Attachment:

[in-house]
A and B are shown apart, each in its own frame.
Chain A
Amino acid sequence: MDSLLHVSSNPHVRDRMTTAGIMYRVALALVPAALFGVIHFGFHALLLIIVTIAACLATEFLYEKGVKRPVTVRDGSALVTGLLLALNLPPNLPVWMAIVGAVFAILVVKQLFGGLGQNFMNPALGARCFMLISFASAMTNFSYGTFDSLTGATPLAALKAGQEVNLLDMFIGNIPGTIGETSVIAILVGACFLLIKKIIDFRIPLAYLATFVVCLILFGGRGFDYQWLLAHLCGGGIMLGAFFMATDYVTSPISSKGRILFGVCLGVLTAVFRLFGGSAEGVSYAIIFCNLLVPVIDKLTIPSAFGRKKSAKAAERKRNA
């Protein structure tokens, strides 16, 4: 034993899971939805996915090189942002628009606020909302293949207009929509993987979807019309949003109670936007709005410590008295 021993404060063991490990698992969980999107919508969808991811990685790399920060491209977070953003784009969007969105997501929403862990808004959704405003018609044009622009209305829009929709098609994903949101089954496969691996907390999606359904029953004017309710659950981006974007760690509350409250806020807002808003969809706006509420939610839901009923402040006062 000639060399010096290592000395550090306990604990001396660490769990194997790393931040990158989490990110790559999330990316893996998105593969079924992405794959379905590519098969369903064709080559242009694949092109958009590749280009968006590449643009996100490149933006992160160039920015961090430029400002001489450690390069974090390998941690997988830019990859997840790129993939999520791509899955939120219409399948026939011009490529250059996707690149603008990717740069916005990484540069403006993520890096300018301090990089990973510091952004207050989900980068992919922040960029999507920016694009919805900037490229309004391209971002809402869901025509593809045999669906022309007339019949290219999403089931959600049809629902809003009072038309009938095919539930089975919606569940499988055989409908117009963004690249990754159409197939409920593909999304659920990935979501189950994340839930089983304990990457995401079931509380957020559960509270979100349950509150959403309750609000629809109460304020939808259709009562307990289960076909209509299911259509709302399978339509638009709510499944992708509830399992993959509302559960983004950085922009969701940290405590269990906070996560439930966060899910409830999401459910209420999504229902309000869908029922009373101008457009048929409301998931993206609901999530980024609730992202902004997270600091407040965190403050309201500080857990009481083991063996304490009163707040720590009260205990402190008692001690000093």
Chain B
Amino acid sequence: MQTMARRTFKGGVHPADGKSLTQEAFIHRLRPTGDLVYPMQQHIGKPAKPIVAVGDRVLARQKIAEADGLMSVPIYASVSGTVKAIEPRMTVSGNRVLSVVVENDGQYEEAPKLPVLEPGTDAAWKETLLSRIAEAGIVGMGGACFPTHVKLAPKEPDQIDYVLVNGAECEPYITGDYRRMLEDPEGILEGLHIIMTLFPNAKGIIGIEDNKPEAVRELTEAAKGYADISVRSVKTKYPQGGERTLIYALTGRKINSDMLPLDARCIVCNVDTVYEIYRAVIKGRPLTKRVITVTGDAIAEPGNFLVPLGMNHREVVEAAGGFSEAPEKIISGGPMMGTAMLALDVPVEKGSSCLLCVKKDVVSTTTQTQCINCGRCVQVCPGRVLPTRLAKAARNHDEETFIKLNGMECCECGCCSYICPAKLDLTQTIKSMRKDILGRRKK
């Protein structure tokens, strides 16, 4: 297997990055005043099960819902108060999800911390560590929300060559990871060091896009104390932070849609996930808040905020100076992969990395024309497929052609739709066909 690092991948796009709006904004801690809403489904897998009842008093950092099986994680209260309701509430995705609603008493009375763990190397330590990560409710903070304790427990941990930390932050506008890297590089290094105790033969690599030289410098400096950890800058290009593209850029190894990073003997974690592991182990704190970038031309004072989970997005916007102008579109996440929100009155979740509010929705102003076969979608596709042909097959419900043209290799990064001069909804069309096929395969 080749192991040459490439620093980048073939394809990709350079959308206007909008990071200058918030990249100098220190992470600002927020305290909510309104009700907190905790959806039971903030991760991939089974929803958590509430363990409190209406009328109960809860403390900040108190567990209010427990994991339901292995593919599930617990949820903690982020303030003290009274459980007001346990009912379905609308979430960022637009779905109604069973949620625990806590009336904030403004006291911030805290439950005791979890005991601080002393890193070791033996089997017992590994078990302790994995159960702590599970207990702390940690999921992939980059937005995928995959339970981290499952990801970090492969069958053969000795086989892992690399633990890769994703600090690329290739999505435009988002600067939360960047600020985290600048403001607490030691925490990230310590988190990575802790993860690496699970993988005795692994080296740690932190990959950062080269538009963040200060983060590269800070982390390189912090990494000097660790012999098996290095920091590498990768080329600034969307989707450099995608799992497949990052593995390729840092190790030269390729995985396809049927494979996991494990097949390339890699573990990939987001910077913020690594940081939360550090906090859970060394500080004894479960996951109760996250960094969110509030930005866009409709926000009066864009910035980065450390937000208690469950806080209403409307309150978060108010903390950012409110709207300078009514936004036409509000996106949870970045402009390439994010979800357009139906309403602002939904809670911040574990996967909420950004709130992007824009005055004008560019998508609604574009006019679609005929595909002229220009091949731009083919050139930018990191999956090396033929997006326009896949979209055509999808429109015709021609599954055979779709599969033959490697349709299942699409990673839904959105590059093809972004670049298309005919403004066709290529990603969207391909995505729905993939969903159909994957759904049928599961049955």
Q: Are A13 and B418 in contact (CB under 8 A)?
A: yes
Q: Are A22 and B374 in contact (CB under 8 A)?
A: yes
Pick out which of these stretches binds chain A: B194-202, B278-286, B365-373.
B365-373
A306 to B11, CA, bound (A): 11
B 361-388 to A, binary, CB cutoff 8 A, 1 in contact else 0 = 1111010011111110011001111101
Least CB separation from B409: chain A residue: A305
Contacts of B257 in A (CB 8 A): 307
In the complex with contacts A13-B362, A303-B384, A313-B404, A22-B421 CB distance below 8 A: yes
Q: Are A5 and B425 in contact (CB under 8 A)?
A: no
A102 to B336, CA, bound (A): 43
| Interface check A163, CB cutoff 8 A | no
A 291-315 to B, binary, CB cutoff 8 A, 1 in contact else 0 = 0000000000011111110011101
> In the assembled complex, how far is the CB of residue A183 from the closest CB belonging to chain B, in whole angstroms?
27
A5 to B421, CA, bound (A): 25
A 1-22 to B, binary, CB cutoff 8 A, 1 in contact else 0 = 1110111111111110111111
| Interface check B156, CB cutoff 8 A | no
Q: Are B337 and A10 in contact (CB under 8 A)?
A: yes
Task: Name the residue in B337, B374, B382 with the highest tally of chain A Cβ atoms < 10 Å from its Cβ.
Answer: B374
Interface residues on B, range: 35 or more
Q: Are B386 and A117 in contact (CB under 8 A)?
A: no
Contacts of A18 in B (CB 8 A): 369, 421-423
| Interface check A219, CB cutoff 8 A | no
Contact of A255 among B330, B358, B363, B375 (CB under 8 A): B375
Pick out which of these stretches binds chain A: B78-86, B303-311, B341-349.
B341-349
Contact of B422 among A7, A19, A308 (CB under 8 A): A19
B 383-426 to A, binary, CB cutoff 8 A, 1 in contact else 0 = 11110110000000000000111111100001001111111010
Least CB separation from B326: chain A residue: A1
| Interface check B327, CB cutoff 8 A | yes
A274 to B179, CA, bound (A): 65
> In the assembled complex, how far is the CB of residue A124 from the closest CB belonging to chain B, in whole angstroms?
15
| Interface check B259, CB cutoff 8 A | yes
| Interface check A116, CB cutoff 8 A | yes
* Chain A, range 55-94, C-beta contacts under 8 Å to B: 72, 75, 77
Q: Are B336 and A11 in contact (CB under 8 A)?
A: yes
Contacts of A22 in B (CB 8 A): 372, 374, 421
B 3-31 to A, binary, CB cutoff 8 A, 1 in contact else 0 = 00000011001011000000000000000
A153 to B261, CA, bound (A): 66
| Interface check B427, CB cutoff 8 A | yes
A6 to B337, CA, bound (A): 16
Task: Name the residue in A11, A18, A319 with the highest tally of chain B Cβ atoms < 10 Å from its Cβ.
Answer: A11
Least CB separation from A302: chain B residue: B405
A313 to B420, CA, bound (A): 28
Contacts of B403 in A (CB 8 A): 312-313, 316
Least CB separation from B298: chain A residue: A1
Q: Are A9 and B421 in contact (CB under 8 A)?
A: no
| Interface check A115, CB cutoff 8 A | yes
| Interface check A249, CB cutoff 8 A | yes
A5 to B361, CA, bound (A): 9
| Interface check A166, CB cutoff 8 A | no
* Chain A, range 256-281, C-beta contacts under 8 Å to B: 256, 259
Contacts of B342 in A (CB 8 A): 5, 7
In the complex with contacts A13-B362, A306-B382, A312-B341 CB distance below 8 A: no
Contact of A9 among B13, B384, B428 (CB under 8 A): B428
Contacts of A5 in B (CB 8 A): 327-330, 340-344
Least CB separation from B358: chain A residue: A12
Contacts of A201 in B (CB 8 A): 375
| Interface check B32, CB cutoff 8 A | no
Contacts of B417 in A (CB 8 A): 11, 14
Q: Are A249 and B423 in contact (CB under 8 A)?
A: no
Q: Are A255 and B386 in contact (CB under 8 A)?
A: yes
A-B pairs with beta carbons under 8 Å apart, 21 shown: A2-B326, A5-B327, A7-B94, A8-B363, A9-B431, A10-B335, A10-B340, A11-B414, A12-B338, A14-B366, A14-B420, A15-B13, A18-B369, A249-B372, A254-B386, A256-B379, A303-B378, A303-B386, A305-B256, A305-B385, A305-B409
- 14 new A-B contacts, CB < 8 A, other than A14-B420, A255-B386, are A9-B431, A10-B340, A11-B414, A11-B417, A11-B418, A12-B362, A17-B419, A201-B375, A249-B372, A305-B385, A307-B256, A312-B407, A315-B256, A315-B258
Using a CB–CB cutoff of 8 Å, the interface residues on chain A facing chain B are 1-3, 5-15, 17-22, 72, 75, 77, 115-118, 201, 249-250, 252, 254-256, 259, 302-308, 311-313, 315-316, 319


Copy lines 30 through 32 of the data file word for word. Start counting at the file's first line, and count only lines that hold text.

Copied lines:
Q: Are B337 and A10 in contact (CB under 8 A)?
A: yes
Task: Name the residue in B337, B374, B382 with the highest tally of chain A Cβ atoms < 10 Å from its Cβ.